Northern Coast Officials

Gerry Davis
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Basketball - Myths or Facts of the Game


Due to time, TV announcers and mis-informed fans, many myths of the game need to be cleared up.

Knowledge is power!
A little knowledge is dangerous.
All knowledge is wisdom.
Let’s clear up some myths…


Myth or Fact

1. During a throw-in, the player making a throw-in moves their pivot foot – this is traveling.

 

Myth - Travel rules are NOT in effect during a throw-in

Myth or Fact

2. A player dives for a loose ball, games control of the ball and slides about 10 feet before coming to a stop – this is traveling.

 

Myth - A player is allowed to dive and slide to get the ball. Once on the floor the player may pass, shoot, start a dribble or call a time-out. Once the player has the ball and is no longer sliding, he/she may not roll over. If flat on his/her back, the player may sit up without violating. Any attempt to get to the feet is traveling unless player is dribbling. It is also traveling if player puts the ball on the floor, then rises and is first to touch the ball. (4-44-5b).

Myth or Fact

3. A player cannot dribble a ball no higher than their waist, otherwise they will be called for a “high dribble” violation.

 

Myth - There is no dribble height limit. Just cause it looks ugly does not make it illegal.

Myth or Fact

4.  A hard thrown ball is stopped by a player and the ball bounces to the floor.  This same player grabs the ball and then starts dribbling.  Perfectly legal.

 

Myth - Dribbling starts when a player in control of the ball intentionally strikes the ball with the hand(s) or pushes the ball to the floor once or several times.

Myth or Fact

5.  When the ball is loose on the floors and players are going for it.  Officials should primarily look to call a jump quickly.

 

Myth - Officials should make sure there is no illegal contact first.

Myth or Fact

6.  Slapping the net while the ball is in the air during a try for goal is always basket interference.

 

Myth - A player can touch the net as long as the ball is not on the rim or with in the cylindar in the rim. See Basket Interference and Goaltending.

Myth or Fact

7.  Slapping the back board is always a technical foul.

 

Myth - If a player is making a legal attempt to block the ball and makes contact with the backboard it is ok.

Myth or Fact

8.  During a throw-in an inbounds player while airborne catches the ball is allowed to land with a foot in the front court first then a foot in the back court without a back court violation being called.

 

Fact - An airborne player during a throw-in does not have court status. An airborne player after catching the ball is allowed to land with both feet before having court status.

Myth or Fact

9.  There is a penalty for “moving screens”.

 

Myth - No contact equals no penalty.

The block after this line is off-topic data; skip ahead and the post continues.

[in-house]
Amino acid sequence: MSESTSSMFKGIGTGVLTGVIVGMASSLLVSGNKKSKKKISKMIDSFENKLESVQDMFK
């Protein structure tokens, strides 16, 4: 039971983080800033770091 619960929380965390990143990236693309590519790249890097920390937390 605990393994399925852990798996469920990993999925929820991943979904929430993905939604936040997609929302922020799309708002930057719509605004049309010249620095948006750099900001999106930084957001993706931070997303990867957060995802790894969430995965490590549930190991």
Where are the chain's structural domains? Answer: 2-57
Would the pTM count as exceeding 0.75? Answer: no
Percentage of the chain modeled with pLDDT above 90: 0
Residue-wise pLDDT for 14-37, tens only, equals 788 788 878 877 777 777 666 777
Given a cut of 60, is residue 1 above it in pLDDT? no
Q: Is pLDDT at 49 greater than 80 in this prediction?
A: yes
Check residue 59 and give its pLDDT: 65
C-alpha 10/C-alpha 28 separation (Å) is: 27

Myth or Fact

10.  “Reaching in” is legal.

 

Fact! - According to rule 4-24-2 on page 35 of the rule book "It is LEGAL use of hands to reach to block or slap the ball controlled by a dribbler or a player throwing for goal or a player holding it and accidentally hitting the hand of the opponent when it is in contact with the ball."

Myth or Fact

11.  If a defender is moving when contact occurs the defender should be called for a foul.

 

Myth - If a defender obtains legal guarding position they can move. If contact occurs in the defenders torso, the opponents is responsible for the contact

Myth or Fact

12.  If a defender has his/her arms straight up above their head and the shooter makes contact with this defender a foul should be called on the defender.

 

Myth - If a defender had legal position then the defender is not responsible for the contact. Principle of verticality. Spot ownership.

Myth or Fact

13.  An airborne player has the right to come down to any spot on the floor even if the defender got to the spot first prior to the player going airborne.

 

Myth - Offense Has a Right to a Spot. So does the defense. He/she who gets to the spot first legally, owns it!!

Myth or Fact

14.  Officials should wait until the game is getting too rough to start calling fouls.

 

Myth - Officials should set the tone early on what is going to be called. It is better to start tight and make the players play basketball then to try to get control when it is too late.

Myth or Fact

15.  A 6’5” player reaches over a 5’6” player to grab a rebound without making contact.  A “over-the-back” foul should be called.

 

Myth - No contact equals no foul.

Myth or Fact

16.  A player is standing on the floor while attempting a shot is fouled, will not be awarded free throws because he/she “was on the floor” at time of contact.

 

Myth - Continuous motion applies to NBA, College AND High School basketball. Once a player STARTS any motion to shoot the ball they are allowed to complete that action whether on the floor or in the air. DO NOT reward the defensive foul by not awarding points and/or free throws on a player who has just started a try for goal. If the foul occured clearly before the shot began, the official should use "before the shot" terminology, not "on the floor".

Myth or Fact

17.  An official hustling throughout the game to be in position will increase the chance that the official will get the call right.

 

Fact - Working hard to get angles and get into position will greatly increase the officials chance of getting the call right.

Myth or Fact

18. Coaches, players and fans don’t know the rules as well as officials that is one of the major reasons officials get yelled at during games.

 

Fact - Officials are better educated on the rules these days. Many coaches have admitted to me that they have never opened the rule book.

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